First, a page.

Day One of #ALEX14 at Phelps Lake was filled with inspiring beauty and set the stage for the remainder of the trip. The second day of the National Park Foundation's expedition brought even more inspiring beauty, but outdid itself by introducing us to inspiring people at Jenny Lake in the Grand Tetons.
I have been writing about and photographing gardens and plants since I was in my 20s. Whenever I have met others outside of gardening and garden writing, I got the impression that people were often surprised by the amount of gardening knowledge I knew and how I communicate it to others. "He's so knowledgeable," I've heard people say. Sometimes they commented on how "young" I was, as if being young and knowledgeable were mutually exclusive traits. Honestly, sometimes I wondered if there wasn't some kind of racial or ethnic bias behind the surprised at my "youth" and experience.
On this trip I had the privilege of meeting two Latin@ Park Rangers at Grand Teton National Park. Day two of #ALEX14 had us exploring and hiking near beautiful Jenny Lake with Ranger Ricardo and Ranger Millie as our guides. And you know what? I found myself being impressed by their ability to interpret nature and how eloquent they were when speaking about the park, its flora and fauna, but just in general conservation too. Why? In the weeks since I've been back and I've heard young people in my neighborhood communicate with each other I've begun to understand why Rangers Rick and Millie surprised me. Young people around here don't know how to speak, it's a sad state of affairs.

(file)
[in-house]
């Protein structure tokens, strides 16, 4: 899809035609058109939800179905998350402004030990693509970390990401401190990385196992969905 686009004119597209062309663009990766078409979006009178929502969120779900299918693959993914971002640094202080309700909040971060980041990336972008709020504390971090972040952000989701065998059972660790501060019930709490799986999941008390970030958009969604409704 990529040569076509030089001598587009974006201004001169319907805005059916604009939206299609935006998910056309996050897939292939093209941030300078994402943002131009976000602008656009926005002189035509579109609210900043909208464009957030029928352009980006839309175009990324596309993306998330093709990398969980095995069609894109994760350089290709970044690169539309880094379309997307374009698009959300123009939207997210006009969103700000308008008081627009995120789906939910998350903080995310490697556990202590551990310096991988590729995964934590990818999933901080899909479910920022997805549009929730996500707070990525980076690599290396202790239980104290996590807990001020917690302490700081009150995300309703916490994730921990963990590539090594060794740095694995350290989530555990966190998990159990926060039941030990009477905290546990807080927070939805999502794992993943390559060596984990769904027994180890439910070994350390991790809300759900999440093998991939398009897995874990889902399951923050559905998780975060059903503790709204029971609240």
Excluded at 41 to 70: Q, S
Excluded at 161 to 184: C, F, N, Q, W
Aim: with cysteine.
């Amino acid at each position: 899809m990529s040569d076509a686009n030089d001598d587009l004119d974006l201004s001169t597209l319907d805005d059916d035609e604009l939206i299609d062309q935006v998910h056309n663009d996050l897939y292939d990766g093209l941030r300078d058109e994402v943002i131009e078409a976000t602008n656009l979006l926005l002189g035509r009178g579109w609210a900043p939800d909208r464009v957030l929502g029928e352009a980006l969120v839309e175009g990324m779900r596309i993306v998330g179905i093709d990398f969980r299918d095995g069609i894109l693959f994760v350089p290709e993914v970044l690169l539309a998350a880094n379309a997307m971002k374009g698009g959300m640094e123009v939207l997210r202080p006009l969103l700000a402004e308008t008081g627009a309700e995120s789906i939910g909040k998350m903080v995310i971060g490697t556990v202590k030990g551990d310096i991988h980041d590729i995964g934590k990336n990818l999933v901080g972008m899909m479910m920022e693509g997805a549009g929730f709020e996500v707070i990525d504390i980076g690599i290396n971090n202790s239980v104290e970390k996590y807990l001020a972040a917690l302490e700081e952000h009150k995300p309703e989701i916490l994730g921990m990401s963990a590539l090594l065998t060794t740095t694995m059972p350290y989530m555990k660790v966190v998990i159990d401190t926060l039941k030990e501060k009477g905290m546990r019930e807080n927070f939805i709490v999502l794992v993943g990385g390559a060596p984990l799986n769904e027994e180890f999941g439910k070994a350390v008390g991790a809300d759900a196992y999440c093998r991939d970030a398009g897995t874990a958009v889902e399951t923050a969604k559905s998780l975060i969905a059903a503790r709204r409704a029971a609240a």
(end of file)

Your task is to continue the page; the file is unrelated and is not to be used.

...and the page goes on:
When I learned that Ranger Ricardo came in on his day off to lead our hike to Inspiration Point I was once again impressed. During the hike Ranger Ricardo told us that the group of eight Latin@ bloggers he was leading were the largest group of Latin@s he'd ever seen at the park.
Take a short walk from the Jenny Lake visitor center you find yourself at yet another pristine lake. On the shores of Jenny Lake Ranger Millie and our group of bloggers stopped to take pictures. You can hike around the lake and to the trail heads that take you up to Inspiration Point.
From the beach yo can see boats on Jenny Lake. At first I thought that these were just recreational boats, but I learned you can pay for a ride to the other side of the lake.
The Jenny Lake boat ride stops in the middle of the lake to give you the safety speech and some pretty spectacular views.
Jenny Lake Reflection.
The hike up the mountain is really pretty, but then you reach Hidden Falls and you're met with these beautiful waterfalls that are fed from the snow and glacier on the Grand Tetons. This particular spot was very crowded as dozens of hikers and tourists crowded around to take photographs.
Equally as impressive as the waterfalls, are the little rivers that flow down the mountain and into the lake below.
I had to keep reminding myself to look up during the hike because there were these beautiful views of the Grand Tetons above Jenny Lake.